men (23.53.8 years) were randomly assigned to one of three groups: 1) Smith machine

bench press; 2) barbell bench press; or 3) dumbbell bench press. Participants performed 8 sets

of 10 repetition maximum with 2 min rest between sets. Muscle thickness, peak torque (PT),

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and soreness were measured pre, post, 24, 48, 72 and 96 h following exercise. There were no

differences in the time course of PT or muscle thickness values of the pectoralis major

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(p=0.98 and p=0.91, respectively) or elbow extensors (p=0.07 and p=0.86, respectively)

between groups. Muscle soreness of the pectoralis major was also not different between

groups (p>0.05). However, the Smith machine and barbell groups recovered from triceps
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brachii muscle soreness by 72 h post-exercise (p>0.05), while the dumbbell group did not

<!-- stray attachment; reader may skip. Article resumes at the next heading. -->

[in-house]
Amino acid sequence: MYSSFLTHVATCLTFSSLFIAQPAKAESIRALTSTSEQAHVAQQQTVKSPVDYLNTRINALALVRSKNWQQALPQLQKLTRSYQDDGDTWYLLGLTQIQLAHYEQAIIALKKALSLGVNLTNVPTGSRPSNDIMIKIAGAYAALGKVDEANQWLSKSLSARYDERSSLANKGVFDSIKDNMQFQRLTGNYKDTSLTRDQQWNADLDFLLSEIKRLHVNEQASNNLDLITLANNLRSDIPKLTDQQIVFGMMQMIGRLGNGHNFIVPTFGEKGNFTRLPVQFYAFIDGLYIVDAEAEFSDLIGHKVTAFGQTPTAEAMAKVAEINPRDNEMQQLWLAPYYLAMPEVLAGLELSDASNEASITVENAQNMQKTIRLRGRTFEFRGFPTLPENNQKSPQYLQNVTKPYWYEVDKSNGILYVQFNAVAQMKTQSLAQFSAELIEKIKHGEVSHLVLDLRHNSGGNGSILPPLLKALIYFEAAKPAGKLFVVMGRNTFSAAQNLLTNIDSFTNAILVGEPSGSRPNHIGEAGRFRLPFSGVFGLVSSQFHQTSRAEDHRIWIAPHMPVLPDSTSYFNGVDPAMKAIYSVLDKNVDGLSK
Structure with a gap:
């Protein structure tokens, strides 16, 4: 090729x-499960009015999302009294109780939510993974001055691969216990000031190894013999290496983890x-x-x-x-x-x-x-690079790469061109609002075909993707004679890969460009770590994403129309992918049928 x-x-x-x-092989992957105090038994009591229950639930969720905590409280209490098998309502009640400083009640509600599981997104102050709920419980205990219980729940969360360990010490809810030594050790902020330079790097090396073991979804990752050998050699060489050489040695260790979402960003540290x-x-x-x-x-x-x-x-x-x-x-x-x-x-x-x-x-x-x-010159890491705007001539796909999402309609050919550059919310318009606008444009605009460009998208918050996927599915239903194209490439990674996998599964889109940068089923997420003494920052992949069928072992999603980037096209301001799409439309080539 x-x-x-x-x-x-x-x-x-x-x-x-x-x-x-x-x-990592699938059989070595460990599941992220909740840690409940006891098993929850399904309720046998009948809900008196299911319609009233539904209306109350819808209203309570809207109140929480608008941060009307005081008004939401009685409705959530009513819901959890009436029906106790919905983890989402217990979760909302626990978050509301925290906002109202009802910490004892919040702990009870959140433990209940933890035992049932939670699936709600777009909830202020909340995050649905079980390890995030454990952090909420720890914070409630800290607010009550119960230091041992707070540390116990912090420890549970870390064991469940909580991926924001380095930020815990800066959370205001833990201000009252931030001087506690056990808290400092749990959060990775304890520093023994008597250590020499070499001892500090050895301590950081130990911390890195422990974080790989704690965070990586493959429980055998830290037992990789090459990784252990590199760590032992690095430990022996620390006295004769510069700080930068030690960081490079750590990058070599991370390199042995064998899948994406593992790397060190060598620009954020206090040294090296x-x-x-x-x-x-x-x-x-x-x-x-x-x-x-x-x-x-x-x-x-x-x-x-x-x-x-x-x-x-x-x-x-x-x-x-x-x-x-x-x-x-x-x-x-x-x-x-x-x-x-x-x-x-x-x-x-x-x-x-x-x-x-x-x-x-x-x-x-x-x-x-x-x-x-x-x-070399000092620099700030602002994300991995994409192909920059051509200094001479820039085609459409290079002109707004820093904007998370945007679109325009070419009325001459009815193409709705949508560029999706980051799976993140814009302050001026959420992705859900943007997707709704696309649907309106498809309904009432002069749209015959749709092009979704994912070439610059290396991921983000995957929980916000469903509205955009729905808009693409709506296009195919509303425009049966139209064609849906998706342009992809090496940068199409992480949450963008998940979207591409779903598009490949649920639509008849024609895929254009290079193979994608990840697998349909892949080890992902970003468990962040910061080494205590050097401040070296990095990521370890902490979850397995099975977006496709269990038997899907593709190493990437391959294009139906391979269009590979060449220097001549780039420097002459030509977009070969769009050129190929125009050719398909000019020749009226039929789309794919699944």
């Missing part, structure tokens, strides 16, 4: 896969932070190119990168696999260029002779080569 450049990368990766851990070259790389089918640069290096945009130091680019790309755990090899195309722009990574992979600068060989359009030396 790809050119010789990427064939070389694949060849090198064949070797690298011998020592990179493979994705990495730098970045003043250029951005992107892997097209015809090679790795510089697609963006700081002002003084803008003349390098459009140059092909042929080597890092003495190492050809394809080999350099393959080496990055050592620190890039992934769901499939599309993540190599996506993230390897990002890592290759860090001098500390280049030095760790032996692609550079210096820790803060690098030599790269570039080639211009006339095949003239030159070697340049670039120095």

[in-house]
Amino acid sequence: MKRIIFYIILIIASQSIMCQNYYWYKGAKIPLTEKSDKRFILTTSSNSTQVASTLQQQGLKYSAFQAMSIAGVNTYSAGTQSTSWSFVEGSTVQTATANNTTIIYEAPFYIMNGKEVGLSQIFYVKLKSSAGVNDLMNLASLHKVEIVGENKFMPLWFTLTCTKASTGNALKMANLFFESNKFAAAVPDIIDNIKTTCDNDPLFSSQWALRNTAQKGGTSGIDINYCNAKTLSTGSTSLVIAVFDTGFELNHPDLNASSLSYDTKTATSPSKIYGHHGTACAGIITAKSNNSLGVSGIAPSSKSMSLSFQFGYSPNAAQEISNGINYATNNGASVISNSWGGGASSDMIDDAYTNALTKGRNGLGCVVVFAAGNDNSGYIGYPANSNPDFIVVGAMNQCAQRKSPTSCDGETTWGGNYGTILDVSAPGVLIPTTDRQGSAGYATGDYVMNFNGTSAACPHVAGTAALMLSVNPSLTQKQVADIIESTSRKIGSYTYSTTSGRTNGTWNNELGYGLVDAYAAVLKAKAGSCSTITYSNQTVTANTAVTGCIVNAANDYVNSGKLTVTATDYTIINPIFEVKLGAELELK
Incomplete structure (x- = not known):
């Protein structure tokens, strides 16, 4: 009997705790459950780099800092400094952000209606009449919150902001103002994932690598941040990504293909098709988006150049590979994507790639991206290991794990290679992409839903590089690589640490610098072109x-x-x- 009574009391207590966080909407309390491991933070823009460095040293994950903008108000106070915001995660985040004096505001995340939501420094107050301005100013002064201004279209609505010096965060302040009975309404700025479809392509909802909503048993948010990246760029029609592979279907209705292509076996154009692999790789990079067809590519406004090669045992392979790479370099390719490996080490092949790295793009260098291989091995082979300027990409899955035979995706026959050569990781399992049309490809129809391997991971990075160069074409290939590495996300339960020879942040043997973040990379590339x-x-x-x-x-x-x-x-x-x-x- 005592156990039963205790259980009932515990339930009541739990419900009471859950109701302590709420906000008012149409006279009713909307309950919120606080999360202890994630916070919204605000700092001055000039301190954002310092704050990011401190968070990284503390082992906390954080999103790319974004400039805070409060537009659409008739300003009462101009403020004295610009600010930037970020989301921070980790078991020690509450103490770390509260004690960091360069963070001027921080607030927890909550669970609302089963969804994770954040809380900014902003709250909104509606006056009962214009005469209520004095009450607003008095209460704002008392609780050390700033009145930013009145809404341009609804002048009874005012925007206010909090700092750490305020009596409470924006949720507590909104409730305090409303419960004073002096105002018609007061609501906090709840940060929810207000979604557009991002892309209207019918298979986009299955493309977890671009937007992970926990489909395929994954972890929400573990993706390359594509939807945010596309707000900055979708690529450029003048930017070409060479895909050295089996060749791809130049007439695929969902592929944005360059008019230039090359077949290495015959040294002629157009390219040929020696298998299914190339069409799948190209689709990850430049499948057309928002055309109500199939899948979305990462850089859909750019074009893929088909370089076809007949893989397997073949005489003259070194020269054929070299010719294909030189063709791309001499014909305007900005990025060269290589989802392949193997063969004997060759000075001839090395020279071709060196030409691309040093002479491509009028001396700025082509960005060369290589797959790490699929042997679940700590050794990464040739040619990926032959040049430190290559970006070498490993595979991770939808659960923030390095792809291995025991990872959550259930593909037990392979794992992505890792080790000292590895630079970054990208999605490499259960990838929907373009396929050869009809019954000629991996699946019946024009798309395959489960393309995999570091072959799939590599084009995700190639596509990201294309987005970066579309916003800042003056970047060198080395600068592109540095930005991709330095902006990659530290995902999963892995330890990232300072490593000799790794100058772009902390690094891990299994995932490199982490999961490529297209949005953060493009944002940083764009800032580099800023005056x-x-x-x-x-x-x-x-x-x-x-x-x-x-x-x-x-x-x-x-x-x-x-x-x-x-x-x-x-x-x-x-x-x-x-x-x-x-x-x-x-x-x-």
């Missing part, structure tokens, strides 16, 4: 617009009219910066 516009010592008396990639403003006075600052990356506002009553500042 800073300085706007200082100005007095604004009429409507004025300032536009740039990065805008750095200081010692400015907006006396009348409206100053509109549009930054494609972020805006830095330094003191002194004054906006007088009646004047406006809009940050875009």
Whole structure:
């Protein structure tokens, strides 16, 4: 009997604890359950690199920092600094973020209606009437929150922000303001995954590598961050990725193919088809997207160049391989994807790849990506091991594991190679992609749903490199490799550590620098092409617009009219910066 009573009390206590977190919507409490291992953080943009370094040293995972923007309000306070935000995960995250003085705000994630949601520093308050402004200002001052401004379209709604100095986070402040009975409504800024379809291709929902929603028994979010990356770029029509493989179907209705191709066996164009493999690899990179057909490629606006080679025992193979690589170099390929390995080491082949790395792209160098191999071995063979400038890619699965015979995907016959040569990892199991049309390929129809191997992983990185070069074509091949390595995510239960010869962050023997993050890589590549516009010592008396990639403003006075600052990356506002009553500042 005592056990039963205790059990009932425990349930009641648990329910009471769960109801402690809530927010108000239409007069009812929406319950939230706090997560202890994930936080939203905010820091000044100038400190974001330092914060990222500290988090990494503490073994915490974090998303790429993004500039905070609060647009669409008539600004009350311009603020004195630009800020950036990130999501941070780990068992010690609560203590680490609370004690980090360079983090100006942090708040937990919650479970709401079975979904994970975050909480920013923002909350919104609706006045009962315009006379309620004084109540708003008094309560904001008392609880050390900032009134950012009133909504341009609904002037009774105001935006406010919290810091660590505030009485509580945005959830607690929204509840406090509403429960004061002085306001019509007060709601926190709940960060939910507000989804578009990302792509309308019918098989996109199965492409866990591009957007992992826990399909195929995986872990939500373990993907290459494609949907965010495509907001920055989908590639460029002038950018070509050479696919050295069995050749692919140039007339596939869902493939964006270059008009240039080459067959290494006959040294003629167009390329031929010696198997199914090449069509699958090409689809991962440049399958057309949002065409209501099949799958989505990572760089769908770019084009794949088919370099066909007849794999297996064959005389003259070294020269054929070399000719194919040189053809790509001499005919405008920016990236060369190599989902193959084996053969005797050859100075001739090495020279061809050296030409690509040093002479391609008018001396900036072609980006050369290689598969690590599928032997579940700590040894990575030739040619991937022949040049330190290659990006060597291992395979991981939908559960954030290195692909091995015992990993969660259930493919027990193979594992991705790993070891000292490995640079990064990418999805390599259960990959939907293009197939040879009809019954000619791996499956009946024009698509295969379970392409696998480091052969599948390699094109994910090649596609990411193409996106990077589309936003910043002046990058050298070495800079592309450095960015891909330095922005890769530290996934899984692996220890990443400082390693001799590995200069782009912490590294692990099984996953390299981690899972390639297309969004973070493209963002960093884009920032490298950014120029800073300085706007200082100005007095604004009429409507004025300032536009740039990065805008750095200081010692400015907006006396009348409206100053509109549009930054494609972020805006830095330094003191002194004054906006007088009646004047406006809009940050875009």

present any triceps brachii muscle soreness after exercise (p>0.05). In conclusion, resistance-

trained men experience similar muscle damage recovery following Smith machine, barbell

and dumbbell chest-press exercise. However, muscle soreness of the elbow extensors takes a
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longer time to recover after using a barbell chest-press exercise.


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Key words: Strength training; Resistance exercise; Free weight; Bench press; Muscle

soreness.
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INTRODUCTION

Exercise choice is a critical variable that strength and conditioning professionals must

take into consideration when designing resistance training programs (3). Exercise mode can

be manipulated by changing body posture, number of muscles utilized (single- or multi-joint

exercises), grip, width of hands and feet, range of motion, or type of device with different

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Exercise choice and muscle damage recovery
stability requirements (i.e., free -weights, machines, elastic bands, etc.) (3, 4, 13). These

variations provide several options to design resistance training programs. Consequently,